This work seems to me a good introduction and summary. But again I do not feel I really understand Kant, at least not in any depth. The happy philosophical reader however might gain in understanding through reading and rereading this small work.
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on June 1, 2000
Scruton's book on Kant is, in my view, the best book available on Kant if the goal is to get a quick overview of the philosopher's "Critical System." This is a short and concise book and it does the impossible: summarize Kant's three critiques (of Pure Reason, of Practical Reason and of Judgment) in a pocket-sized book. And it is very readable. I generally really enjoy Scruton's writings; he is one of the few commentators who can write about philosophical matters in an understandable fashion for the common reader. This is doubly amazing since Scruton himself is a first rate philosopher...
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on July 1, 2000
I don't know who foisted off the job of introducing Kant to the intellectual masses, but the could not have chosen better. My teeth hurt when I think about introducing Kant to neophytes. I still don't know how he did it, because I can't explain Kant to anyone without having them instantly MEGO (my eyes glaze over) and run crying to thre corner of the room.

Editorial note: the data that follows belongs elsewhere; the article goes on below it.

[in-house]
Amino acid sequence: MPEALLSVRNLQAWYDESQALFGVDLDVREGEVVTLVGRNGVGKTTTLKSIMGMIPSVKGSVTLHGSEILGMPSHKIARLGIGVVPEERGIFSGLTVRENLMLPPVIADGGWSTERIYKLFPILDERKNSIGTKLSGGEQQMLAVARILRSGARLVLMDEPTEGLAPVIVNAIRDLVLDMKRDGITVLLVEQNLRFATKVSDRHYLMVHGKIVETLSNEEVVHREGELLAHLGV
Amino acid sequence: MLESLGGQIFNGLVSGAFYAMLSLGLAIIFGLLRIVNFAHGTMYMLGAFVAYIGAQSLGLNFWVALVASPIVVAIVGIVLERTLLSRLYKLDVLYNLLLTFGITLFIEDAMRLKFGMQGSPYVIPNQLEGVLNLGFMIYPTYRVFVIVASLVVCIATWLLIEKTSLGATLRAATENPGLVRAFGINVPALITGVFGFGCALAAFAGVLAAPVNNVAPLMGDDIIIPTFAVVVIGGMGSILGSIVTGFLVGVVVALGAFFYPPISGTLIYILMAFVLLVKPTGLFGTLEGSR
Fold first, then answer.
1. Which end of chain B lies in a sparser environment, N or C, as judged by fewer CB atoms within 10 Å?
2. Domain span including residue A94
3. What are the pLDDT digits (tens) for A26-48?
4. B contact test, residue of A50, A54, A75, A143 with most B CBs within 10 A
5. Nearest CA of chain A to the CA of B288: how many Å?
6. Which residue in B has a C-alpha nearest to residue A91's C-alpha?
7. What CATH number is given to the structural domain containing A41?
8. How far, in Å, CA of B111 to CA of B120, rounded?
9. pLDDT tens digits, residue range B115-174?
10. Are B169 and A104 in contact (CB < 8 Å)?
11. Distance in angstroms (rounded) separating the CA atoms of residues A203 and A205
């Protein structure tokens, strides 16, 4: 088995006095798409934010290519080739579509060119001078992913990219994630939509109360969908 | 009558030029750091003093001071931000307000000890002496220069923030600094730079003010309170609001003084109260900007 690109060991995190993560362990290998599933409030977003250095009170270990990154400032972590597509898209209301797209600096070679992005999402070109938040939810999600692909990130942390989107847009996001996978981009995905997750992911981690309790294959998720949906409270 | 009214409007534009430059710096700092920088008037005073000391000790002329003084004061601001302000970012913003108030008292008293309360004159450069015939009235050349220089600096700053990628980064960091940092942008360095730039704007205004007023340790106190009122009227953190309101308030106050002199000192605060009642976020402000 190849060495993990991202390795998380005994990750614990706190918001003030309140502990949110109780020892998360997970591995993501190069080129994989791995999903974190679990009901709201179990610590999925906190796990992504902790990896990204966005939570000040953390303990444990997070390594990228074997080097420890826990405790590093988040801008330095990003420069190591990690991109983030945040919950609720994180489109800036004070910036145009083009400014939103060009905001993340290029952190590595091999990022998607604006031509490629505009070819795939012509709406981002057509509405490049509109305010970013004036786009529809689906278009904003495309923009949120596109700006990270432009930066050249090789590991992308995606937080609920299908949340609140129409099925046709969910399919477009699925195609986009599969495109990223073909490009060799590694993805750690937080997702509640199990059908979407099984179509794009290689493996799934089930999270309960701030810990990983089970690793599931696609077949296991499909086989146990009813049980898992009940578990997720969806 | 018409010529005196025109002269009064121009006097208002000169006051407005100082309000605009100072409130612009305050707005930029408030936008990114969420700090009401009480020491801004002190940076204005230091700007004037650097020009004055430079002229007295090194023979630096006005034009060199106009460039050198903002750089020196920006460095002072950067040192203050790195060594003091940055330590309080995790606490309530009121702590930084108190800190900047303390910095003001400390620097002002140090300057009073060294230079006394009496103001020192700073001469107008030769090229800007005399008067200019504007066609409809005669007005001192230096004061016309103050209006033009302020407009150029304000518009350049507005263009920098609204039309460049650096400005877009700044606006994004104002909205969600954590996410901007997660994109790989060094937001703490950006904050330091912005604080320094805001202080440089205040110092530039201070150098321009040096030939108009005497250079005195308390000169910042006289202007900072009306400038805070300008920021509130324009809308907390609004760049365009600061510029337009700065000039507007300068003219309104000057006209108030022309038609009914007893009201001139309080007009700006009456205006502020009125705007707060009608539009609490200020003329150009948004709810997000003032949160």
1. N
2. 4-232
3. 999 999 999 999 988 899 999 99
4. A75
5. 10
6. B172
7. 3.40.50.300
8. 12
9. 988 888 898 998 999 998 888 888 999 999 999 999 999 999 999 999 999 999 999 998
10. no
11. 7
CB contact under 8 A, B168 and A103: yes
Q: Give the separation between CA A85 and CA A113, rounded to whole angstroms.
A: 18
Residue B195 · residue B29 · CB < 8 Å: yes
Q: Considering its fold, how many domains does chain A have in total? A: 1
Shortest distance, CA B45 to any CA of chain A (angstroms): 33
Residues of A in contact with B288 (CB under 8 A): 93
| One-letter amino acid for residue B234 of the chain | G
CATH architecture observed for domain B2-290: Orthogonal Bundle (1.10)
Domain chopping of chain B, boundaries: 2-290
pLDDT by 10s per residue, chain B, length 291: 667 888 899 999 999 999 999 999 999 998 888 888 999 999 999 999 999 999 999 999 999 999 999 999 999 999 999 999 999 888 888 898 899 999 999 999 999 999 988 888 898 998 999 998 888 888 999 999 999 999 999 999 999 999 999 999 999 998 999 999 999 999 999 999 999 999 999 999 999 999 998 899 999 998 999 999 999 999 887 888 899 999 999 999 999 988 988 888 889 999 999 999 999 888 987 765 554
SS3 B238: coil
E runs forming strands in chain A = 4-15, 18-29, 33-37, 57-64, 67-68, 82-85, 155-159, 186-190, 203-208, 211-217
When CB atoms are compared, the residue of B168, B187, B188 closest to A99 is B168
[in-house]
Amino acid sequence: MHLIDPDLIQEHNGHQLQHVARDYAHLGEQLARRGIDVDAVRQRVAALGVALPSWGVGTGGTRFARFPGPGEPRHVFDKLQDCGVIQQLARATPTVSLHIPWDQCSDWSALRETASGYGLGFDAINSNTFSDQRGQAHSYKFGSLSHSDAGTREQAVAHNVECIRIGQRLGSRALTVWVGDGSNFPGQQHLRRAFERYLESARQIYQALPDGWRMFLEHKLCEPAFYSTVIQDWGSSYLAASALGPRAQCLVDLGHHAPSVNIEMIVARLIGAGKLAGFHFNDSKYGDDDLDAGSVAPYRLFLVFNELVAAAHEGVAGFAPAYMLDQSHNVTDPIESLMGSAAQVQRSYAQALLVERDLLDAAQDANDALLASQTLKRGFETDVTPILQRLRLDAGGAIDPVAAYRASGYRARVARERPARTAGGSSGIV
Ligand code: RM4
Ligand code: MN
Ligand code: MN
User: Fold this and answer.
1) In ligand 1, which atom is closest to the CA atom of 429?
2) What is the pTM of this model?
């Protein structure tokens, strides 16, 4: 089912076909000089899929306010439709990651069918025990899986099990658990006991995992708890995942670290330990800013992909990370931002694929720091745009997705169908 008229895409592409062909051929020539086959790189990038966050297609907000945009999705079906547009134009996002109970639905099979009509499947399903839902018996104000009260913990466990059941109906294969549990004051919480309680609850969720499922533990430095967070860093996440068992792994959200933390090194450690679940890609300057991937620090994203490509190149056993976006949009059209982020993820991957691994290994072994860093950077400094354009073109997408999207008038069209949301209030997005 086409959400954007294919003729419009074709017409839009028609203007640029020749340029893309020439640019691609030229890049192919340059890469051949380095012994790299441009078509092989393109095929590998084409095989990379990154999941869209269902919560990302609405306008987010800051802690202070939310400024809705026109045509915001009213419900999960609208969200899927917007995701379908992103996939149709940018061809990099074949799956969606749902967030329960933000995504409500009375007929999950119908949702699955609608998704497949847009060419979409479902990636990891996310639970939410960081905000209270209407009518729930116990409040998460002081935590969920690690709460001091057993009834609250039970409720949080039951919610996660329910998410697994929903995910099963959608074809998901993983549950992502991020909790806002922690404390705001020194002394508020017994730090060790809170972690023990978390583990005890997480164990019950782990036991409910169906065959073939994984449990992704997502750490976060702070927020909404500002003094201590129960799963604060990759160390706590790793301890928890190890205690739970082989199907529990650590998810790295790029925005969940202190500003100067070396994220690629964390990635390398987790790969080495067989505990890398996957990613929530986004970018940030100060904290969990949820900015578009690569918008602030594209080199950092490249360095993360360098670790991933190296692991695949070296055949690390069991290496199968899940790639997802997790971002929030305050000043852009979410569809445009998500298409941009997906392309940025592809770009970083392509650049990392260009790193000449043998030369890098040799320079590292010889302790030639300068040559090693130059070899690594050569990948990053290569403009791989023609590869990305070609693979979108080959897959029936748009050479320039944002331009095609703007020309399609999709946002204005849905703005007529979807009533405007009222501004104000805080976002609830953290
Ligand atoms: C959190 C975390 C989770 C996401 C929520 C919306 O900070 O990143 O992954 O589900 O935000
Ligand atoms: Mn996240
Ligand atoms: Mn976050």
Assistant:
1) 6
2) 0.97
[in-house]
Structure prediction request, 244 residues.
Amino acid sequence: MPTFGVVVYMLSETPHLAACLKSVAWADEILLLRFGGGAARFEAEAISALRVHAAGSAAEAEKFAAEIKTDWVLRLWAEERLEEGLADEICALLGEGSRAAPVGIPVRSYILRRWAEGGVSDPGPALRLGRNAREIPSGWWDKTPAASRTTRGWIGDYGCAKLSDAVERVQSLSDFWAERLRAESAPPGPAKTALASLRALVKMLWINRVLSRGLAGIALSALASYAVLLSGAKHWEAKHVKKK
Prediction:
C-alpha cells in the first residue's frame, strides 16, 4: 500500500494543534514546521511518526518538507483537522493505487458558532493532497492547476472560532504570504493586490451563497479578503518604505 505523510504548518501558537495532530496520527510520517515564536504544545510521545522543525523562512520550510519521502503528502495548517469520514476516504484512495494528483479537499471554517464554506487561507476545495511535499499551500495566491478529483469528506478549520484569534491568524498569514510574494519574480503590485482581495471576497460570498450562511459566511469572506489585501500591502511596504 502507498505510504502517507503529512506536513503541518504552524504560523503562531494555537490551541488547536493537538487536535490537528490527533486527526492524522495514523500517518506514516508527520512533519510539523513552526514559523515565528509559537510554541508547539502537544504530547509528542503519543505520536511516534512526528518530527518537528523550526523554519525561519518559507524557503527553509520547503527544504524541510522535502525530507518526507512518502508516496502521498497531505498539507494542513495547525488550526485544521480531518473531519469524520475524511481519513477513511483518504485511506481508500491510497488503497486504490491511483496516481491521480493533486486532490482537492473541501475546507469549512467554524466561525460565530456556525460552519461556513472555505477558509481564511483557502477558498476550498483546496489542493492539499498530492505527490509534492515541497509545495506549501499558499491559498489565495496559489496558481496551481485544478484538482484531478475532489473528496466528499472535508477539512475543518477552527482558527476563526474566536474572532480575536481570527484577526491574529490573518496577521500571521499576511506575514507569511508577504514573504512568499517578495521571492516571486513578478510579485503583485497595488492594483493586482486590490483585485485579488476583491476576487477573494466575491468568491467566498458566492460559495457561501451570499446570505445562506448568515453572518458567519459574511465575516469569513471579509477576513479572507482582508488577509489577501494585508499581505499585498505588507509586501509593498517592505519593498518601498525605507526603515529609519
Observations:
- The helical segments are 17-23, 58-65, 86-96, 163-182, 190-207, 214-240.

There is a lot that could be called contentious in this book (too much to go into) but that isn't a bad point about any book on Kant- there are no uncontentious books on Kant except biographies. All told, what I disagree with Scruton on is overshadowed by the mass of things he got right or even better than I have (no mean feat).
It is assured Scruton's interpretations of Kant will become mainstream simply because he is the only man alive to make immediately intelligable sense of the man. Remember, Kant was the man HL Mencken attributed the incredibly funny comment
"Kant was the worst writer on earth before Marx. He had many ideas, and some of them quite simple, but he always managed to make them seem unintelligable. I hope he is in hell"
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on April 6, 2000
I recently read Scruton's "Kant" after being away from philosophy for many years, and was fascinated by Scruton's presentation of Kant's philosophy. Scruton is obviously a master teacher, and I wish I had this book when I was an undergraduate attempting to read The Critique of Pure Reason. This book is an excellent introduction to Kant.